By annotating a column with @CreatedDate we will inform Spring that we need this column to have information on when the entity is created. While @LastModifiedDate column will be defaulted to @CreatedDate and will be updated to the current time when the entry is updated.

The final look of User class:

@Entity
@EntityListeners(AuditingEntityListener.class)
@Table
public class User {
    
    private Long id;
    private String name;
    private String username;
    private ZonedDateTime created;
    private ZonedDateTime modified;
    
    @Id
    @GeneratedValue
    public Long getId() {
        return id;
    }
    
    public User setId(Long id) {
        this.id = id;
        return this;
    }
    
    @Column(nullable = false)
    public String getName() {
        return name;
    }
    
    public User setName(String name) {
        Assert.hasText(name, "name is required");

        this.name = name;
        return this;
    }
    
    @Column
    public String getUsername() {
        return username;
    }
    
    public User setUsername(String username) {
        Assert.hasText(username, "username is required");

        this.username = username;
        return this;
    }
    
    @CreatedDate
    @Column(nullable = false, updatable = false)
    public ZonedDateTime getCreated() {
        return created;
    }
    
    public User setCreated(ZonedDateTime created) {
        this.created = created;
        return this;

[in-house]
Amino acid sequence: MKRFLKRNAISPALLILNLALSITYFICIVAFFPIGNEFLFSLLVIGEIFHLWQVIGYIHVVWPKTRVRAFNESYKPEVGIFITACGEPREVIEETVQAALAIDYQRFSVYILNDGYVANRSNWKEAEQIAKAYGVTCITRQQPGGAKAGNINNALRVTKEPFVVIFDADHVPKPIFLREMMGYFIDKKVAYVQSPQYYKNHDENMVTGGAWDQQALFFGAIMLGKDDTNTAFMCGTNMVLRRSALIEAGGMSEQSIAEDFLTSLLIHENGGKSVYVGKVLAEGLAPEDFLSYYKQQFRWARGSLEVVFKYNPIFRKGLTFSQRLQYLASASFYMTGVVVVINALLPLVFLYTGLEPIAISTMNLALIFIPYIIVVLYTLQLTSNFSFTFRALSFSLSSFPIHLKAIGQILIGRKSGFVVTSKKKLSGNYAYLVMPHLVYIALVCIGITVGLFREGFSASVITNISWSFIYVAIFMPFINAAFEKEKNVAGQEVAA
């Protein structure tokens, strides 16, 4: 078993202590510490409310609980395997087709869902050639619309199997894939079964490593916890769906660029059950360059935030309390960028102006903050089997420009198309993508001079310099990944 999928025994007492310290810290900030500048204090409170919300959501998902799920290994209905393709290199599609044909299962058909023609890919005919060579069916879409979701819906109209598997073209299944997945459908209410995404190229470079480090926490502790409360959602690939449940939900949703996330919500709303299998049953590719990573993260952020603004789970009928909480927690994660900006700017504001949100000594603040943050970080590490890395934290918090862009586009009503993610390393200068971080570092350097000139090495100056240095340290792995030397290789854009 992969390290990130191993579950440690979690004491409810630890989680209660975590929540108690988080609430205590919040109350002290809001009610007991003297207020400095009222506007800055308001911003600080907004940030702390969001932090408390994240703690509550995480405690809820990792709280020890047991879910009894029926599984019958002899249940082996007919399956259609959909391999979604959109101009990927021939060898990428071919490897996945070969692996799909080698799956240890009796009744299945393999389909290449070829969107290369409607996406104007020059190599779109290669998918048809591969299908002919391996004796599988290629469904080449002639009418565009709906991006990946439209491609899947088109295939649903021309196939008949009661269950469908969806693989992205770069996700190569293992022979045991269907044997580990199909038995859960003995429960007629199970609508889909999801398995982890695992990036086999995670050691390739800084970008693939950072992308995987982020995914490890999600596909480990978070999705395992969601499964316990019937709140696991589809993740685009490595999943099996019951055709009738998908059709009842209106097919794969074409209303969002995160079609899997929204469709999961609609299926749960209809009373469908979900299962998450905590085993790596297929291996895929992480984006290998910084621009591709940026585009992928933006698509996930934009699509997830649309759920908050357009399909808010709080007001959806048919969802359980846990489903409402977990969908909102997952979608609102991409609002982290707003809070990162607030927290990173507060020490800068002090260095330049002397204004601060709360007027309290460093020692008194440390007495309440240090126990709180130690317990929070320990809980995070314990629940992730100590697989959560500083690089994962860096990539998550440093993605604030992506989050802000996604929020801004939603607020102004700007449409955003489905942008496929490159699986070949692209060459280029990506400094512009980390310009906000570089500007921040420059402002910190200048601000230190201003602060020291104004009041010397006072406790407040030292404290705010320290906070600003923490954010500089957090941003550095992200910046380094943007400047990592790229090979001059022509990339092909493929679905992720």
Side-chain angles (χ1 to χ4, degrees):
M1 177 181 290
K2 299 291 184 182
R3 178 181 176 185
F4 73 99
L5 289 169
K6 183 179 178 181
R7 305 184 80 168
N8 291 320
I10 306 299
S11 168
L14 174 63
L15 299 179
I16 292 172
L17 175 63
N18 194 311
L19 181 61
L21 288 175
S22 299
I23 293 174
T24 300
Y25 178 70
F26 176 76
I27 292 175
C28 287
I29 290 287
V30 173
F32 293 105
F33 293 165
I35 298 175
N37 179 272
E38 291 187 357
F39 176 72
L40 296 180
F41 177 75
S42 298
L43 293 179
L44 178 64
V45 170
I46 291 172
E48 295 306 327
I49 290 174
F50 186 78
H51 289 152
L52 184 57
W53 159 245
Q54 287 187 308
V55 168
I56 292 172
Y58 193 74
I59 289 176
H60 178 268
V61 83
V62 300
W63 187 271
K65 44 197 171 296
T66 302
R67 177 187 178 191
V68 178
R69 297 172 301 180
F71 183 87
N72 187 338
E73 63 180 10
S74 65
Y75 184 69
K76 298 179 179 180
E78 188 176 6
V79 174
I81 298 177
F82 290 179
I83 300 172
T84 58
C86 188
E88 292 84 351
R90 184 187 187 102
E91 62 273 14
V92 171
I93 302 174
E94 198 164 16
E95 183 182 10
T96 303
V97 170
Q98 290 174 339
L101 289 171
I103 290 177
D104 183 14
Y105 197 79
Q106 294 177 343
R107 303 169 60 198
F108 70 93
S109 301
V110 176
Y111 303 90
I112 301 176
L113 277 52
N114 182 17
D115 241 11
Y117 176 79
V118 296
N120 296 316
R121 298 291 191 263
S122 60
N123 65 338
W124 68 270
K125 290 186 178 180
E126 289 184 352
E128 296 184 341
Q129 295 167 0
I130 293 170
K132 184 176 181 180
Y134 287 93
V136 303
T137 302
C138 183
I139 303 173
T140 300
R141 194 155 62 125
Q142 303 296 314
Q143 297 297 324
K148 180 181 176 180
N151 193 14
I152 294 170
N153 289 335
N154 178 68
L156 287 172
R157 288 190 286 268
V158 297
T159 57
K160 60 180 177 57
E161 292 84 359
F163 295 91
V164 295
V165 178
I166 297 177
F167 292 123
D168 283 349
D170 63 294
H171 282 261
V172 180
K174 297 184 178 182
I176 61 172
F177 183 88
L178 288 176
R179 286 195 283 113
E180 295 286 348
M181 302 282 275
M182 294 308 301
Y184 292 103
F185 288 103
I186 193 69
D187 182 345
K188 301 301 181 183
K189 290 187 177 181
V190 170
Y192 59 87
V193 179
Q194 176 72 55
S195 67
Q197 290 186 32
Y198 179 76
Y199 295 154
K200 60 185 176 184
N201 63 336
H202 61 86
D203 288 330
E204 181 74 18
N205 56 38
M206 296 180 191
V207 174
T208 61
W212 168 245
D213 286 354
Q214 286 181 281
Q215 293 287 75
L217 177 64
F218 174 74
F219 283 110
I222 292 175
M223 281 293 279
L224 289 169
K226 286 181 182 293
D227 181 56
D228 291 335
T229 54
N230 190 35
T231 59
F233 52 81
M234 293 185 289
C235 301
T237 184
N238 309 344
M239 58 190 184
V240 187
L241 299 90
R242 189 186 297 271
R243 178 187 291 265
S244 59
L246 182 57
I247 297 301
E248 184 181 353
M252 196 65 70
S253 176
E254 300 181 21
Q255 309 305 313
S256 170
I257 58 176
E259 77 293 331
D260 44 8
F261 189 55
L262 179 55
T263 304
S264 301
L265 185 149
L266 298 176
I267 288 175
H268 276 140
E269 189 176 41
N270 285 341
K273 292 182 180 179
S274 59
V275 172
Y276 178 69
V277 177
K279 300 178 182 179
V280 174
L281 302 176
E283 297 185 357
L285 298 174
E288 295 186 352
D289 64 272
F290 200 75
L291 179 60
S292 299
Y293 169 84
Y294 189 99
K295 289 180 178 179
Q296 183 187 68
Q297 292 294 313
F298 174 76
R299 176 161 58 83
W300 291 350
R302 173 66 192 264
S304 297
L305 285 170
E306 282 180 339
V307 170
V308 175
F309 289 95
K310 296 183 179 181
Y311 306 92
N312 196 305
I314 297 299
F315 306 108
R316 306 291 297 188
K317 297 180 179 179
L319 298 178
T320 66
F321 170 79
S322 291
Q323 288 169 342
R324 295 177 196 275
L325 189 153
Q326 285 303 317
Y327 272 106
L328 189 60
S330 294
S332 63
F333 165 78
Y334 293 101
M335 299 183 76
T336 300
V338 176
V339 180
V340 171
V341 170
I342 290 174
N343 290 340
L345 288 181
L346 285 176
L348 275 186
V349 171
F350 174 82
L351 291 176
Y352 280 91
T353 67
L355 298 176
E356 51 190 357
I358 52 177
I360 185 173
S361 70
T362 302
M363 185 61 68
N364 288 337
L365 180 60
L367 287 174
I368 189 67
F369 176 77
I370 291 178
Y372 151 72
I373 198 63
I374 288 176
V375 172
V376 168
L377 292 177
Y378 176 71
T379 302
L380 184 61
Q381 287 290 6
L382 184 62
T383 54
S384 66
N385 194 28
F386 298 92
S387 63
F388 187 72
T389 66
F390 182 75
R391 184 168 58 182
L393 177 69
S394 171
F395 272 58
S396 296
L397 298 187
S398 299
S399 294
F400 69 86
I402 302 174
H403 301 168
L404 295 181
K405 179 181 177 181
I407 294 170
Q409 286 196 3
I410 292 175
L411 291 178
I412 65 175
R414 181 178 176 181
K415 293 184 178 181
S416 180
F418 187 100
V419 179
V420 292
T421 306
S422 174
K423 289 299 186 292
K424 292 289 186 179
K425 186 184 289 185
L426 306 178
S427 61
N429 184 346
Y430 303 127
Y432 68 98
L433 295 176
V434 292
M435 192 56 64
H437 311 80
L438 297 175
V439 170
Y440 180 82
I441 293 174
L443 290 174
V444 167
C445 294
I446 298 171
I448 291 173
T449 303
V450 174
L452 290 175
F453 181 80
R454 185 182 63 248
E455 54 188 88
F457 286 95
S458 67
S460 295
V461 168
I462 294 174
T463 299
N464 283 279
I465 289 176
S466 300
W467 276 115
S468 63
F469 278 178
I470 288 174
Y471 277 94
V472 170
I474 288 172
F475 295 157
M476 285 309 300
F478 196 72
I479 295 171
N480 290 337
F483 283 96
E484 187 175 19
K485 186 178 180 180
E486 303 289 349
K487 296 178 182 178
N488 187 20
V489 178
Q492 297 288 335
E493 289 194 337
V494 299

}
    
    @LastModifiedDate
    @Column(nullable = false)
    public ZonedDateTime getModified() {
        return modified;
    }
    
    public User setModified(ZonedDateTime modified) {
        this.modified = modified;
        return this;
    }
}

As you can see Person is now annotated with @EntityListeners while created and modified columns are annotated with @CreatedDate and @LastModifiedDate. Next we will need to create a Configuration class to enable JpaAuditing.

In this project we have AuditConfiguration class which is responsible to inform Spring Data that we would like to enable Auditing. This can be achieved with a simple annotation, @EnableJpaAuditing

@Configuration
@EnableJpaAuditing
public class AuditConfiguration {
}

That’s it! Our application has JPA Auditing feature enabled. The result can be seen in SpringDataAuditApplicationTests.

Verify Audit Implementation

There is no better way to verify an implementation other than running some tests. In our test class we have to scenario: